Document Type : Original Article


1 Assistant Professor of Restorative Dentistry Department of Restorative Dentistry, School of Dentistry Kerman University of Medical Sciences

2 Resident of restorative dentistry ,Dept. of Restorative Dentistry, School of Dentistry, kerman University of Medical Sciences, kerman, Iran.

3 Professor,Dept. of Restorative Dentistry, School of Dentistry, kerman University of Medical Sciences, kerman, Iran.

4 Private Dentist, Kerman, Iran.

5 Department of Prosthodontics, School of Dentistry, Shiraz University of Medical Sciences, Shiraz, Iran


Background: Bulk fill composites are a new class of materials that introduced to speed up the clinical process of posterior restorations. The aim of this study was to compare the curing quality of bulk fill and conventional composites at different irradiation times and depths.
Methods: In this invitro study, 40 specimens from a bulk-fill composite, Tetric-N-ceram Bulk Fill (TNB) and a conventional composite, Tetric N-ceram (TN) were fabricated using a metal mold(6mm×4mm)(n=10). The composites were placed and cured in bulk for each composite. For each composite, the half of samples were cured for 20 second (s) using Light-Emitting Diode (LED) curing unit and irradiation time for other half was 40s. After 24 hours of storage in distilled water, the hardness of samples was measured using Micro hardness Tester at different depths (0.1,1,2,3,4 millimeter(mm)). Statistical analysis was done using Multivariate ANOVA and Independent T test (p˂0.05).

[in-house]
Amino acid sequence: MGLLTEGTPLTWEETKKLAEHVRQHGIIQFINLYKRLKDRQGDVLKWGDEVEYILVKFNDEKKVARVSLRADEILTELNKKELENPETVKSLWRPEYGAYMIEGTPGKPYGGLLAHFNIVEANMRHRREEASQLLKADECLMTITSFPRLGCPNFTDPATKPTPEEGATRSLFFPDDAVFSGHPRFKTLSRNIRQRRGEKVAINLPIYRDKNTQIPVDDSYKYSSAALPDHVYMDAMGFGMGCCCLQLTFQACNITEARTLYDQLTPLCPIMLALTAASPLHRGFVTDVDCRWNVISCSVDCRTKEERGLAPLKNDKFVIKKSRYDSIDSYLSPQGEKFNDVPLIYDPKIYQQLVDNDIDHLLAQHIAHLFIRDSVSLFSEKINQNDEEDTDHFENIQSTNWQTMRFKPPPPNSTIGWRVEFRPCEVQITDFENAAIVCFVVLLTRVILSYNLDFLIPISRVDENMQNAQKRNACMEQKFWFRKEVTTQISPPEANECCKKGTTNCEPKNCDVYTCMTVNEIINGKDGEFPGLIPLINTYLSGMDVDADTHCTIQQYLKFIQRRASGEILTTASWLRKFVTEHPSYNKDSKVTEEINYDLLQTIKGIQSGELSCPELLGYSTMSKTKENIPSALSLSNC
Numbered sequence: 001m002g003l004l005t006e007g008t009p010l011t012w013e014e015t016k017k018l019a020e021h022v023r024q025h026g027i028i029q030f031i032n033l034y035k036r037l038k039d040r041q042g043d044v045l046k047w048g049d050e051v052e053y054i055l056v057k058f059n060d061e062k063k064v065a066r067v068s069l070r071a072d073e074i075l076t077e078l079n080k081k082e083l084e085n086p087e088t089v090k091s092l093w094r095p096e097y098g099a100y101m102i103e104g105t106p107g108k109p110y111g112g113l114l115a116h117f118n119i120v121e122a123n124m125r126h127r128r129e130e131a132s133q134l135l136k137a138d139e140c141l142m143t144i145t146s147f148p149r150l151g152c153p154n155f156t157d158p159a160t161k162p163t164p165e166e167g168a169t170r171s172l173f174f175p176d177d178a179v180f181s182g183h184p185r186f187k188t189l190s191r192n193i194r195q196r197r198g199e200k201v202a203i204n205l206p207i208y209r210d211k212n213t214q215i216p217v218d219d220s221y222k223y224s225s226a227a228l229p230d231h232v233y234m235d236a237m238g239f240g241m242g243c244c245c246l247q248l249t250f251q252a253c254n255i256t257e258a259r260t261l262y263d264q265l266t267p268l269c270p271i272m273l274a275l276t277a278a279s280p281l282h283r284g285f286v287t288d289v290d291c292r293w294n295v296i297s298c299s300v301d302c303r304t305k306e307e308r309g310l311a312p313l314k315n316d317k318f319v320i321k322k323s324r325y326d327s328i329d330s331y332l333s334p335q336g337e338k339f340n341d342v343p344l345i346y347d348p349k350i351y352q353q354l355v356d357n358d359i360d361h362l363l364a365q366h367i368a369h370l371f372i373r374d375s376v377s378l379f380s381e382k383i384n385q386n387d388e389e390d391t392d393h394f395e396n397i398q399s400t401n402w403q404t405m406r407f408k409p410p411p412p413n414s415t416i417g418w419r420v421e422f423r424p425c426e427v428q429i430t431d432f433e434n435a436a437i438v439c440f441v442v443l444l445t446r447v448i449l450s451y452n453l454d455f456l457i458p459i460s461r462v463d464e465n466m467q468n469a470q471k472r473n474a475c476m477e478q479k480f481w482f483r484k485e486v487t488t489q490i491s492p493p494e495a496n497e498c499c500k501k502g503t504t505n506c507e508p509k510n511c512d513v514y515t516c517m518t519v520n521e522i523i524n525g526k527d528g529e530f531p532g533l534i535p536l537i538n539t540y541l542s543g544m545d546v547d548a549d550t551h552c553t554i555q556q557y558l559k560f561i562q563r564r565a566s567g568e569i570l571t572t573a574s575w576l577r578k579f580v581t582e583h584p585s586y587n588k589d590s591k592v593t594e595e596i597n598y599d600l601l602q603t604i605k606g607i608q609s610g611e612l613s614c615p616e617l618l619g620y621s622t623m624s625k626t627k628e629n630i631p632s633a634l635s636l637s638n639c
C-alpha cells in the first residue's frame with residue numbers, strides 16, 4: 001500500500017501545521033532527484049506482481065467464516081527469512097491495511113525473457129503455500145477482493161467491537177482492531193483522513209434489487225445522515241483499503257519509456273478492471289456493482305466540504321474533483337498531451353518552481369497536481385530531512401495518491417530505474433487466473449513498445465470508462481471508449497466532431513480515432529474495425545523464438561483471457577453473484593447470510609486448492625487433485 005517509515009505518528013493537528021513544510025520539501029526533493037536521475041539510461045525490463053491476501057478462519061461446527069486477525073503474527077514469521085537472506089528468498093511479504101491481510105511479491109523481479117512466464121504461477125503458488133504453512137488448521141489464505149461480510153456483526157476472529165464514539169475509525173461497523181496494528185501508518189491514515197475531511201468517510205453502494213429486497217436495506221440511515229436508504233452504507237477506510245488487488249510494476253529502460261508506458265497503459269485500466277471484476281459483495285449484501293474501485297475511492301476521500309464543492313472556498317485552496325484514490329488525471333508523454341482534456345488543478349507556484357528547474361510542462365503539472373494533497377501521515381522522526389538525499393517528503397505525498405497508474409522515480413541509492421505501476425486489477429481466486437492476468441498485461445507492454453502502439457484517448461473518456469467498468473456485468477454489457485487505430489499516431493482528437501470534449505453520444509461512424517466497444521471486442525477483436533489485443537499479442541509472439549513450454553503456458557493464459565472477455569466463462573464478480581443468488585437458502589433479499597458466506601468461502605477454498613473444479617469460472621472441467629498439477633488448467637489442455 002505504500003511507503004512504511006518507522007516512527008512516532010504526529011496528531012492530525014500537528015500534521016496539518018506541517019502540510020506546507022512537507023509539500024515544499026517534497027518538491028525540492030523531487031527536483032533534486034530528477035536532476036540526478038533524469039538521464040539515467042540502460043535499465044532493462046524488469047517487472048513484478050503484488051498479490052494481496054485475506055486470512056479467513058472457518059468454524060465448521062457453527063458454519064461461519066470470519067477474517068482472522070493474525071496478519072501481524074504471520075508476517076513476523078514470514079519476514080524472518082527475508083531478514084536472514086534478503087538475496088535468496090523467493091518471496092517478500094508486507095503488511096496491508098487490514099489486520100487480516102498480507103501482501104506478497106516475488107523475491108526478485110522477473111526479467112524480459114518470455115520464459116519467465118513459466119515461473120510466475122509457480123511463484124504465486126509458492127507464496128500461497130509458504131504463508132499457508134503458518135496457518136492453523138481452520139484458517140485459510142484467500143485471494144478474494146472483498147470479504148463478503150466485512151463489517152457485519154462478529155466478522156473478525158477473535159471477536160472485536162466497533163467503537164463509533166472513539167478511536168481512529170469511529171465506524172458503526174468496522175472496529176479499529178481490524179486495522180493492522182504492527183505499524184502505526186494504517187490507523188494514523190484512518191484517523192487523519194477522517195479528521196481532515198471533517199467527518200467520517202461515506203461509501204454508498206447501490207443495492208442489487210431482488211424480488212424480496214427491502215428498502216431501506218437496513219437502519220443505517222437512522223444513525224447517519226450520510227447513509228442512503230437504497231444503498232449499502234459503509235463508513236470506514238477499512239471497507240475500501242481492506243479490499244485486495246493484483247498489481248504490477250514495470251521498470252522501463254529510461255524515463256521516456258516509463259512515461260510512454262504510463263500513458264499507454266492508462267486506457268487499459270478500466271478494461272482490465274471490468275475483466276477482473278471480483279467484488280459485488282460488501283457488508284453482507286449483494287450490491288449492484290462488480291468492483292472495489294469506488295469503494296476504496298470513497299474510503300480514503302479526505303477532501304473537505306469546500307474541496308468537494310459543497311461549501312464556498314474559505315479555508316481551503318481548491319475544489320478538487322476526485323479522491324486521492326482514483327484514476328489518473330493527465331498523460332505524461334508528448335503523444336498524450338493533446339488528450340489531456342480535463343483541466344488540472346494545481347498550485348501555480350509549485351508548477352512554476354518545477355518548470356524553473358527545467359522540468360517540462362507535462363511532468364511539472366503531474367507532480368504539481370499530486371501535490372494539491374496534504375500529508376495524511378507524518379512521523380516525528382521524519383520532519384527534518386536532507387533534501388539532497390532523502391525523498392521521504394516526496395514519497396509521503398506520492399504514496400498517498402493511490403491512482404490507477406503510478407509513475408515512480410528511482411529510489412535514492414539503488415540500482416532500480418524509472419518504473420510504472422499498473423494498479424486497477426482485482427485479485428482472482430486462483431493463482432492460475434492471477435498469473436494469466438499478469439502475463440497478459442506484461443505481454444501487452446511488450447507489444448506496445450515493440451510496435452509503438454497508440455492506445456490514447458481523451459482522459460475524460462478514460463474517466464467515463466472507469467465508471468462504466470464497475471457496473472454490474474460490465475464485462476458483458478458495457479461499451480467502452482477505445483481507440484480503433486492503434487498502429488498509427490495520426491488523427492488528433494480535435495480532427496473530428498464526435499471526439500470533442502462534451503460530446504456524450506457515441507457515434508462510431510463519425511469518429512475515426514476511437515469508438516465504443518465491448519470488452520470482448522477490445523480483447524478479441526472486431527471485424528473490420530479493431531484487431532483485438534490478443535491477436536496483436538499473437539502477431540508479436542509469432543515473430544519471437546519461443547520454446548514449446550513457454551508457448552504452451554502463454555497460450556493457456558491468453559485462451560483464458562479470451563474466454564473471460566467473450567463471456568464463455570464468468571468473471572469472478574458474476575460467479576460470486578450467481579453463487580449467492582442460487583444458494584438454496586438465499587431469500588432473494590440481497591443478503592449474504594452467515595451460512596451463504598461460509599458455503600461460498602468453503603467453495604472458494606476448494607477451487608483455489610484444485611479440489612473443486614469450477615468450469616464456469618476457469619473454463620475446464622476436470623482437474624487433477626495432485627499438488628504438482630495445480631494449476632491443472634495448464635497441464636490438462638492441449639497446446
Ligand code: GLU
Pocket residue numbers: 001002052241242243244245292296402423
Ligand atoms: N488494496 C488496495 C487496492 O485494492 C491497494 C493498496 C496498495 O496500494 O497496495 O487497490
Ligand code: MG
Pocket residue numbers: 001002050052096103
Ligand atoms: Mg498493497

Results: Both composites presented a significant reduction on hardness value with increasing depth. Tetric-N-ceram Bulk Fill showed significantly higher hardness values at all depths in both irradiation time compared to conventional composite. TNB composite did not achieve depth of cure (DOC) of 4mm in both curing times. Irradiation time significantly affect hardness values in both composites.
Conclusion: Given that neither bulk fill nor conventional composite were cured at depths greater than 3mm, it is suggested that prolonged curing cycles be used to improve the depth of cure (DOC) of composites.


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